It’s shortly before midday when I arrive at the ANC KwaZulu-Natal provincial headquarters in Stalwart Simelane Street, but I’ve already been on the move for a good seven hours.
A day-early print deadline to accommodate the Women’s Day public holiday on Friday means today is actually Wednesday, in production terms, so there’s been no time to mess about.
I was already wide awake when the first call of the day came, shortly after 5am. For a change, it wasn’t the Democratic Alliance trying to hustle me to vote for it in the Ward 27 by-election on Wednesday.
I moved out of the ward and headed south across the Berea a couple of years ago, but for some reason that lot have been on my case since February, when they started working the phones ahead of the May 8 election. They gave me a break for a while, but started again towards the middle of July. I hope they update their records by the time we vote again in 2021, and leave me alone.
This time the ungodly hour of the morning call was from the opposition to the opposition, as it were, but not to ask me to make an X for them.
It’s a comrade from one of the ANC structures with some dirt to pass on, chomping at the bit to convince me to put the knife into another comrade of his, from the same structure, with the info he had for me.
I’d ducked his 10pm call the night before, knowing only too well what the comrade was calling about. The two comrades, like quite a few others around the country, have fallen out of late, despite being tight back in the day. Both were part of the lobby that elected Jacob Zuma as ANC president at Polokwane in 2007 and booted out Thabo Mbeki. Both backed Zuma for a second term at Mangaung in 2012, despite the excesses of uBaba’s first term at the helm of the Republic.
But, by the time the ANC’s Nasrec conference came around in December 2017, only one of the comrades was still 100% Zuma and rooting for Nkosazana Dlamini-Zuma as the old man’s proxy for the party presidency.
The other comrade had crossed the floor, joined the CR17 campaign to elect Cyril Ramaphosa, along with his supporters in the structure they belong to. They have been locked in mortal combat ever since, both their factions claiming legitimacy and neither able to exercise any leadership. Their structure has collapsed, its future in the hands of the courts, as a result of their power struggle.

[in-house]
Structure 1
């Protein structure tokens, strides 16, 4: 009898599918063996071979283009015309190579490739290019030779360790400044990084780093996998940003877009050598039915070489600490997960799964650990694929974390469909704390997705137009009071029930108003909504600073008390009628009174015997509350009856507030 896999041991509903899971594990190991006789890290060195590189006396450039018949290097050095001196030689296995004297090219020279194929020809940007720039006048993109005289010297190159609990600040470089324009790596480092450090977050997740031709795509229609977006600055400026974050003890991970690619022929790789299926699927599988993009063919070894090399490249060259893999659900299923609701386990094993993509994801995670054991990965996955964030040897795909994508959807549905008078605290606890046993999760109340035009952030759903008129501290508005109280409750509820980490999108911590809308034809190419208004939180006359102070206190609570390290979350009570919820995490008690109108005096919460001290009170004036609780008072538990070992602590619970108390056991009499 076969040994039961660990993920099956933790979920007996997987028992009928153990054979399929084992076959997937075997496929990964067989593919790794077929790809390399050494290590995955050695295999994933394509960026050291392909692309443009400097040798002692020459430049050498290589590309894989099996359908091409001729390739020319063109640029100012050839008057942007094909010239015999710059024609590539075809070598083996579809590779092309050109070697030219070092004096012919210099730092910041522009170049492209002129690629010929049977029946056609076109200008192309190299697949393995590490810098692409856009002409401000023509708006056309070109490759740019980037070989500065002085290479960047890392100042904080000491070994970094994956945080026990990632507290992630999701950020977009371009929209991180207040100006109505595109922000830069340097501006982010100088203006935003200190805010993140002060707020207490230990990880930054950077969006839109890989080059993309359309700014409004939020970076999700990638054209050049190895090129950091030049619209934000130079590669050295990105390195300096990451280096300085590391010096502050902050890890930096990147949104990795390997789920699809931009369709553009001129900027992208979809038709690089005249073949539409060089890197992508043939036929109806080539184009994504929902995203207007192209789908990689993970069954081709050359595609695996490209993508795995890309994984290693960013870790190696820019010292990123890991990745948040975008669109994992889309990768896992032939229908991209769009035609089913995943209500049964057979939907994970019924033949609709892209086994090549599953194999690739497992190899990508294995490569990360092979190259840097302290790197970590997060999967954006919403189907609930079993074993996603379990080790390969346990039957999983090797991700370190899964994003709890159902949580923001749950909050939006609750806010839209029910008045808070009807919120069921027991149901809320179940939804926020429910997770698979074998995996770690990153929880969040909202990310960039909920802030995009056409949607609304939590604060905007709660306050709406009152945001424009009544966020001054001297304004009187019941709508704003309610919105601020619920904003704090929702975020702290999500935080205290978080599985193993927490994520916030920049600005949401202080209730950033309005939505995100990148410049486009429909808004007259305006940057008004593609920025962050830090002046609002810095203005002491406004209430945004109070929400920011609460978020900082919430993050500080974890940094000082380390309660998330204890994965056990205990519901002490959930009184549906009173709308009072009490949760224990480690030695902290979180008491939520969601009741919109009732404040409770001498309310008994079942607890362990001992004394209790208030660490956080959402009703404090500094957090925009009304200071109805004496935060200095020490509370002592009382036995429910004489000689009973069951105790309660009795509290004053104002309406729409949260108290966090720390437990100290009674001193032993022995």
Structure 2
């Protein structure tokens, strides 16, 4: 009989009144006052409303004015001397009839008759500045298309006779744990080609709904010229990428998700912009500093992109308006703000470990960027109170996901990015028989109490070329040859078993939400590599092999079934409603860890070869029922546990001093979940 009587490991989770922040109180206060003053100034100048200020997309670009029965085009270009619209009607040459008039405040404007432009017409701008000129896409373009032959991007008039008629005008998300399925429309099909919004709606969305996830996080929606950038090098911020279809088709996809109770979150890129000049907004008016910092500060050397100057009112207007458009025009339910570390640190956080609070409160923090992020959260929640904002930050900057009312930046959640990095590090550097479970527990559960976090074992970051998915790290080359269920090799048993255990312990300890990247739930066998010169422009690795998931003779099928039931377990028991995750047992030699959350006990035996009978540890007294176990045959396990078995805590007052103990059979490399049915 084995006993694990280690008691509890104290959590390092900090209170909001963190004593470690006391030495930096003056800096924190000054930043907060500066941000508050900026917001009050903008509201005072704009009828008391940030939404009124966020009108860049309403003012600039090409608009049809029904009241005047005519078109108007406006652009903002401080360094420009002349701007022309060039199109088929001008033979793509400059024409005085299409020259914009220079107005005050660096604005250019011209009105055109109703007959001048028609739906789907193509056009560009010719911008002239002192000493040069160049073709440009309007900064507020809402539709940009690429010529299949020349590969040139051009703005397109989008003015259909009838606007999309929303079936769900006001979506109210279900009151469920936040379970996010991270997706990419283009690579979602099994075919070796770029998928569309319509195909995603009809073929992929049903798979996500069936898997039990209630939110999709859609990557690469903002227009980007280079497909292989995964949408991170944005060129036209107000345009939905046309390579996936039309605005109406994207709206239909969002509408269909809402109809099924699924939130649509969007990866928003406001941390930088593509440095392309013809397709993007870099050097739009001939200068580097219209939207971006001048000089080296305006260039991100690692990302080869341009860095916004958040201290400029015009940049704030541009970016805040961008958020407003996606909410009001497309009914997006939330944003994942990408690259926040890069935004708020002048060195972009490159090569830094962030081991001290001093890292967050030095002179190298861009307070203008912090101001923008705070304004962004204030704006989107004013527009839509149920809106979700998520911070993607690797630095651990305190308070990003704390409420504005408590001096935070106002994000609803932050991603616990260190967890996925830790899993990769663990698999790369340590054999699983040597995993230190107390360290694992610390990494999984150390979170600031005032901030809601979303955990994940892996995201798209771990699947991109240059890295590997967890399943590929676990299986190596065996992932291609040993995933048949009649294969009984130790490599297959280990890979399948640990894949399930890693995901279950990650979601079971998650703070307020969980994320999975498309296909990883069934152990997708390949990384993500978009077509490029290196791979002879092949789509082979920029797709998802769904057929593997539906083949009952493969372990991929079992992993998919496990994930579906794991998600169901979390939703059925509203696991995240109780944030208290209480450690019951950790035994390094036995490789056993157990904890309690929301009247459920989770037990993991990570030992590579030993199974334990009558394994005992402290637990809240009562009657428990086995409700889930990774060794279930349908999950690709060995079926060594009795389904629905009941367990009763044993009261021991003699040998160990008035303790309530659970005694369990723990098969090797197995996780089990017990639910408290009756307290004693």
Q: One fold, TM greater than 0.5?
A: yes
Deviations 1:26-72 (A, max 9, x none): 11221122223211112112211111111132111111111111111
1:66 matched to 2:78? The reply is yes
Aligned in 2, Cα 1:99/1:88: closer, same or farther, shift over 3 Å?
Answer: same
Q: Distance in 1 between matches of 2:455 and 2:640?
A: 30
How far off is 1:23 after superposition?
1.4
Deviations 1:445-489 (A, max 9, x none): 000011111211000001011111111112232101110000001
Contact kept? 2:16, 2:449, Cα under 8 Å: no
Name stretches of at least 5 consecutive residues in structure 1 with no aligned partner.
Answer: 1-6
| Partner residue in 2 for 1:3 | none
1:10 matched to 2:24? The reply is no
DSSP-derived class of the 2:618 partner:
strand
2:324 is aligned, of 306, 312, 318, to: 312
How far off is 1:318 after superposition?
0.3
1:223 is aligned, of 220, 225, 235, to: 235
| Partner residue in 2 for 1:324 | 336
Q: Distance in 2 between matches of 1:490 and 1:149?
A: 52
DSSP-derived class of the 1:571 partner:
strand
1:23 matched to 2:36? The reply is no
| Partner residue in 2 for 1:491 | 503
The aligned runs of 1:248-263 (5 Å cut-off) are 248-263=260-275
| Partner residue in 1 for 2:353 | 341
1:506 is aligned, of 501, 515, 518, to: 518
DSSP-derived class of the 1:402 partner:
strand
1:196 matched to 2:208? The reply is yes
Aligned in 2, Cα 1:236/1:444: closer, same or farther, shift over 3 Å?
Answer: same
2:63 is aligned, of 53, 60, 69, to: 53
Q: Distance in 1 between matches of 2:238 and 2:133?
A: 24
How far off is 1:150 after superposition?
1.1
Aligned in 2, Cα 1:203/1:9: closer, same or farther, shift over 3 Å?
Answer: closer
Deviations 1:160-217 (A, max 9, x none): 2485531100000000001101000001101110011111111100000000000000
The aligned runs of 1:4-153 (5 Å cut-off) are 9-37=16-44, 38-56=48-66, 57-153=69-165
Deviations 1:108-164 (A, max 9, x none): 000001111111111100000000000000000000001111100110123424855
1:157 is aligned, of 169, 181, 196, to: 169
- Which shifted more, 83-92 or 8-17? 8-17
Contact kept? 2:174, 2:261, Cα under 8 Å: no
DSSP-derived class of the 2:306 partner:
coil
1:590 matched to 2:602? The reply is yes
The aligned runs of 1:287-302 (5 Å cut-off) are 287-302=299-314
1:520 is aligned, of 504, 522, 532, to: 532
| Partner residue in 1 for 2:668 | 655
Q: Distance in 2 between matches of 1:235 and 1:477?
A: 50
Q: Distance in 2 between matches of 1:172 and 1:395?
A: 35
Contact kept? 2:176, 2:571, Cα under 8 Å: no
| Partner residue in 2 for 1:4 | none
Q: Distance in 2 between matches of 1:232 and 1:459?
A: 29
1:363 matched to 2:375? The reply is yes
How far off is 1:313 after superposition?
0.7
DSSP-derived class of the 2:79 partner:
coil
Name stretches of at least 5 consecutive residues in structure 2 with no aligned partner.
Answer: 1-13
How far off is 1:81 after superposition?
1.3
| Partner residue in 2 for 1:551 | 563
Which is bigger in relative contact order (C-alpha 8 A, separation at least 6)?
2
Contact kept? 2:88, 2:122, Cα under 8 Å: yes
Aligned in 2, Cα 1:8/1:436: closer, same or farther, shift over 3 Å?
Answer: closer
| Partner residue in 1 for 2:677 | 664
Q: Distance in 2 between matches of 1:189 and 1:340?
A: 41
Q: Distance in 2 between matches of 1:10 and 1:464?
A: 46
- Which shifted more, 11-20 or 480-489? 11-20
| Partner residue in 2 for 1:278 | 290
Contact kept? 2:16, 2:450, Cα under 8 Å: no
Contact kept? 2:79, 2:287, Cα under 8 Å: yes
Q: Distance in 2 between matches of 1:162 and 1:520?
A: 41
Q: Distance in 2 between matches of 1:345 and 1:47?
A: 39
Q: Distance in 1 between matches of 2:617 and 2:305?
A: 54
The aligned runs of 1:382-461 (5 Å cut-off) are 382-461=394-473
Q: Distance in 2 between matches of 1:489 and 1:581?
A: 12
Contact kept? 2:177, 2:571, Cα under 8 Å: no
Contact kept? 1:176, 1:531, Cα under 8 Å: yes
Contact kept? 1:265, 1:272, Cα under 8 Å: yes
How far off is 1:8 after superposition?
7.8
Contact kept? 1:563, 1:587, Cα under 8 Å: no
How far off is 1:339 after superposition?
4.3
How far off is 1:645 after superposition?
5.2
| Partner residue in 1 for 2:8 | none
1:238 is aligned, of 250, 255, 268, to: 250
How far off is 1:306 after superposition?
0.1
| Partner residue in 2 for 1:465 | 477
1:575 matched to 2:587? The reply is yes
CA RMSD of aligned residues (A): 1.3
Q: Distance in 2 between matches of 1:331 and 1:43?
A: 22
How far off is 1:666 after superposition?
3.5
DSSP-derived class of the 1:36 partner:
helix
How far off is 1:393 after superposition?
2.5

The two comrades, both of whom I’ve known since the late 1980s, have been regular callers in the last year, both keen to spill the beans on their former comrade and friend, neither willing to go on record. I’ve been pretty cautious in dealing with both. Either of them is more than capable of lying to dent the other’s image, bring him down in any way possible. Neither can really be trusted. Every assertion either of them makes about the other — about anything for that matter — has to be checked and double-checked.
I take the 5am call nonetheless — I’m up anyhow and this is what I do, after all — and file the dirt away for next week. It’s gonna take at least that long to check it all out. Perhaps even longer.
At the ANC office, provincial secretary Mdumiseni Ntuli is purposeful as he delivers the provincial executive committee (PEC) statement after its meeting over the weekend. Ntuli is precise as he works his way through the statement.
The small crowd of journalists are reading the statement as they listen, rushing ahead to get to the part they’ve all come for: the decision on what to do with Durban mayor Zandile Gumede. By the time Ntuli gets to that part — the committee’s decided not to decide what to do about Mama, placed on leave after she was arrested over a dodgy R208-million refuse removal tender, deferring the decision to the coming weekend — half the boardroom is already on Twitter, broadcasting the non-decision.
I’m not surprised.
The PEC, like the structure to which the comrade who called early in the morning belongs, has been paralysed by the trench warfare in the ANC, with neither faction holding enough of an upper hand to force a decision either way.
Gumede’s supporters have also been gearing up for another show of strength in the city centre when she appears in court on Thursday:a decision to remove her permanently from office ahead of the appearance has the potential to kick off a small war in the streets.
Ntuli wraps up, opens questions to the floor. After the first round, I’ve had enough, hit the door and exit.